The lengthy delay in the publication of disclosures made above the threshold has meant that up to one year and three months may elapse after a donation has been made before it is made public. These arrangements clearly do not allow information to be provided to the community in a timely manner about financial support for political parties and candidates.
The committee acknowledges that the proposed changes may lead to some additional compliance costs for participants in the political process. However, the committee considers that the proposed changes achieve the appropriate balance between transparency and the freedom to participate in the political process.
I would like to take this opportunity to thank my fellow committee members for their contribution to the inquiry and those who participated by making submissions or appearing at the public hearings. I would also like to thank the committee secretariat for their assistance. I commend the report to the House.
by leave—I commence my brief remarks by also giving my thanks to the Chair of the Joint Standing Committee on Electoral Matters, the member for Banks. Working with the chair of the committee has been a very positive process. I appreciate the very even-handed way in which he has dealt with committee members from this side of the House. I also pass on my thanks to the secretariat and to those who participated in the hearings on this matter.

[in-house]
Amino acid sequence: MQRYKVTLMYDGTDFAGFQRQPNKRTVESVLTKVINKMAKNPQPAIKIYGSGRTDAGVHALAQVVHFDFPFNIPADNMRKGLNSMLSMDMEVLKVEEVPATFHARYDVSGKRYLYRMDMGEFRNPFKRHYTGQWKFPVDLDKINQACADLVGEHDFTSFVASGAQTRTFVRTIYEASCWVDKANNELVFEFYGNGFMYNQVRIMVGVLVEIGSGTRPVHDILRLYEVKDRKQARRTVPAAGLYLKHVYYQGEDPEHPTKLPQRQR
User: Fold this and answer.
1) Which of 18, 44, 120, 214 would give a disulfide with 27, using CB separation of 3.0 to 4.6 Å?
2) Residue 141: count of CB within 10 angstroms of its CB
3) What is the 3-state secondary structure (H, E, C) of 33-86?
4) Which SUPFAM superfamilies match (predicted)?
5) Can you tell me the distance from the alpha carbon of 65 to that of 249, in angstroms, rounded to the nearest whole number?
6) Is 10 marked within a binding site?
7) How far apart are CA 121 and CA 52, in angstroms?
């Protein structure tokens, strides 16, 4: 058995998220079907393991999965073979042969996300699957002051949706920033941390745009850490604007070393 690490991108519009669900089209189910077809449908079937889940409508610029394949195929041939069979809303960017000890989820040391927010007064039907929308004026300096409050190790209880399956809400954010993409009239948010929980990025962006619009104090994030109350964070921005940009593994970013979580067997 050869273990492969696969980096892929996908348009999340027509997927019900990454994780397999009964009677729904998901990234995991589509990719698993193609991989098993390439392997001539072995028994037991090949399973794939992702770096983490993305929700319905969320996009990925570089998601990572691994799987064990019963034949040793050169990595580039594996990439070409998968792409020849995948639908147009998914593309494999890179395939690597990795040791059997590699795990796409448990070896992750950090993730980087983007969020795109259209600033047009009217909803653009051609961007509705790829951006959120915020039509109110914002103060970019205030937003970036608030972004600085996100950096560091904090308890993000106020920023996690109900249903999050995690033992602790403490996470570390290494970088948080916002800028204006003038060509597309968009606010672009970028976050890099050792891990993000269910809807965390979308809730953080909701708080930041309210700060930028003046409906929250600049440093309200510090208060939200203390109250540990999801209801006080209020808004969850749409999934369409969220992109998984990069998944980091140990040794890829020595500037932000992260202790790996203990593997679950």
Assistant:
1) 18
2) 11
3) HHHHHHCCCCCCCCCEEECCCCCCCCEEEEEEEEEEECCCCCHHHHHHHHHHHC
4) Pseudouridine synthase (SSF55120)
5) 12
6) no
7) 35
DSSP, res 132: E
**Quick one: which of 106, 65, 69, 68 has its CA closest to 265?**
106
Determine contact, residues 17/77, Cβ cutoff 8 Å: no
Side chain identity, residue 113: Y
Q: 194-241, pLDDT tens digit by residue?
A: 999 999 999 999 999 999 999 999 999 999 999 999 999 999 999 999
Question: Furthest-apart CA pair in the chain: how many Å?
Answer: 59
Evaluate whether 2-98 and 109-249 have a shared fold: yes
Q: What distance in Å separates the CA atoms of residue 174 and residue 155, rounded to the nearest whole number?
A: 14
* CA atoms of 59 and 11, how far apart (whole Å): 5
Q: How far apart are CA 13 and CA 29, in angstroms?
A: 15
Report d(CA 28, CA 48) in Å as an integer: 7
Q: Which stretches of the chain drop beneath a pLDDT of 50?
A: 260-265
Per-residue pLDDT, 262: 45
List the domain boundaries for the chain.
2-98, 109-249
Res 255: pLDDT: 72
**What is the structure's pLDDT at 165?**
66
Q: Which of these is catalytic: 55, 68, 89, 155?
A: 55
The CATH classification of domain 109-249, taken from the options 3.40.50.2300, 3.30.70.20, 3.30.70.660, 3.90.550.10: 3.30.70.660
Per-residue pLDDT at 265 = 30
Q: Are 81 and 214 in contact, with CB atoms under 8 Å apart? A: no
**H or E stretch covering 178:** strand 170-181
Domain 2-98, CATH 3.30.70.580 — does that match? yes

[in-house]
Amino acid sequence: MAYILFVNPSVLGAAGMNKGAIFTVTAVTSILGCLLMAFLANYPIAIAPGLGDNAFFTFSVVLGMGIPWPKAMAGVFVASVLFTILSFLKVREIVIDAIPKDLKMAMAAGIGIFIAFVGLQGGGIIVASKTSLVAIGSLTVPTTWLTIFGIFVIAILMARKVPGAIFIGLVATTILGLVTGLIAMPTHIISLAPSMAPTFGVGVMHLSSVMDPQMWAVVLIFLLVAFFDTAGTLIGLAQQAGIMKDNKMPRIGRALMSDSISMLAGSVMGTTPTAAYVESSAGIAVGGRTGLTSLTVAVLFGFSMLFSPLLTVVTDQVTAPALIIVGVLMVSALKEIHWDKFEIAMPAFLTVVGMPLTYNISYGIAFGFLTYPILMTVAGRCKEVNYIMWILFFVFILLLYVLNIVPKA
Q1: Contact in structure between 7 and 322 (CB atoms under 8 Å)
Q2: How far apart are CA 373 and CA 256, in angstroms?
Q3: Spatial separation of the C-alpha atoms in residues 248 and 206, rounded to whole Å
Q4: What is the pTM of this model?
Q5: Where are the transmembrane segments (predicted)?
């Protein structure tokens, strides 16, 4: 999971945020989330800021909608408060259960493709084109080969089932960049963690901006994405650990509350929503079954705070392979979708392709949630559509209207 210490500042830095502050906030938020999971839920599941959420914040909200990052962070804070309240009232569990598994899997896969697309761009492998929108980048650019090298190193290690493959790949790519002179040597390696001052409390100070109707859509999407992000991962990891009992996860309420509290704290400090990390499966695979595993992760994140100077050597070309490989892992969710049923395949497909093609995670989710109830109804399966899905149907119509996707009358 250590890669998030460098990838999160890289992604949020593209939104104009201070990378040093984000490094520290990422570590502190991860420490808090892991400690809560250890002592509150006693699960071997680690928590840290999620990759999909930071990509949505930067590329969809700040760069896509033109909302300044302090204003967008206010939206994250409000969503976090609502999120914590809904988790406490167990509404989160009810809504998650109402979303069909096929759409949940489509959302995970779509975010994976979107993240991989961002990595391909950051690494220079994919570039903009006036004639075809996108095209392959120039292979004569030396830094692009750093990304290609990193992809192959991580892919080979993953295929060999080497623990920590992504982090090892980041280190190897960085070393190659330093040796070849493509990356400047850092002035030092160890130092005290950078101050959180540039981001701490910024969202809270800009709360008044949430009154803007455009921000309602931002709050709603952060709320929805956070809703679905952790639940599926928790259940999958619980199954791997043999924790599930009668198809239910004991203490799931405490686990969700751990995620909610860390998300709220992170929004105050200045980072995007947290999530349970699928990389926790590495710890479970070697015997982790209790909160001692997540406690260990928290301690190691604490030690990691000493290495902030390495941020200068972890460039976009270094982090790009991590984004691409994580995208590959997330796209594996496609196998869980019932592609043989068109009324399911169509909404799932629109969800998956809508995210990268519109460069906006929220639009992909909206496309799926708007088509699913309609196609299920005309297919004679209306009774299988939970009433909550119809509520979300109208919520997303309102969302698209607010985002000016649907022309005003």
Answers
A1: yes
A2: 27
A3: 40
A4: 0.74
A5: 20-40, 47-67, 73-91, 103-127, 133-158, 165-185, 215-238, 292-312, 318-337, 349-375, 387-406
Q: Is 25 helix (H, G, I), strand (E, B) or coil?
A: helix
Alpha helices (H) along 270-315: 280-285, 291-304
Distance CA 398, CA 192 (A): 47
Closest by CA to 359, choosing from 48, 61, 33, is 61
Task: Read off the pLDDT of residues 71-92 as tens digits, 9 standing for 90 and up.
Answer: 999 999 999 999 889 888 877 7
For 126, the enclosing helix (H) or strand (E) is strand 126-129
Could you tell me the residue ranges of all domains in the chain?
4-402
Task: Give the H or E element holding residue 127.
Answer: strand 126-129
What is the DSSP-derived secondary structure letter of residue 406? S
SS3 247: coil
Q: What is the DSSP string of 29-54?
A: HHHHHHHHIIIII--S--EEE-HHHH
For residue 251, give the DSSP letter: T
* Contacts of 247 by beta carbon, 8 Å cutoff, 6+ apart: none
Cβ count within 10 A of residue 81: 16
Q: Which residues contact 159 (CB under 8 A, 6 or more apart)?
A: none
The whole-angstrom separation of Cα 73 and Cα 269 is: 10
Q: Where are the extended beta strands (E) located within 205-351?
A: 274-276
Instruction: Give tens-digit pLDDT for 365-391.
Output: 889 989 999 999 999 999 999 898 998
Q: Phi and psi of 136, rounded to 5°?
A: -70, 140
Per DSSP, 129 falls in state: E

The opposition members of the committee have issued a dissenting report as part of this paper. We note, particularly for this reason, that there is a green paper that is being put together by the government. It is taking some time for this green paper to emerge. There are very important reforms that need to take place as part of this process, and I think members right across this chamber agree with the need for that. It highlights all the more that we should not deal with reform of campaign finance in a piecemeal fashion. We need to deal with these matters comprehensively and inclusively. Things need to be looked at system-wide and not in a piecemeal way. Once again, we have outlined in this report the need not to go off on one-off measures but to consider these matters in their totality as part of the proper green paper process.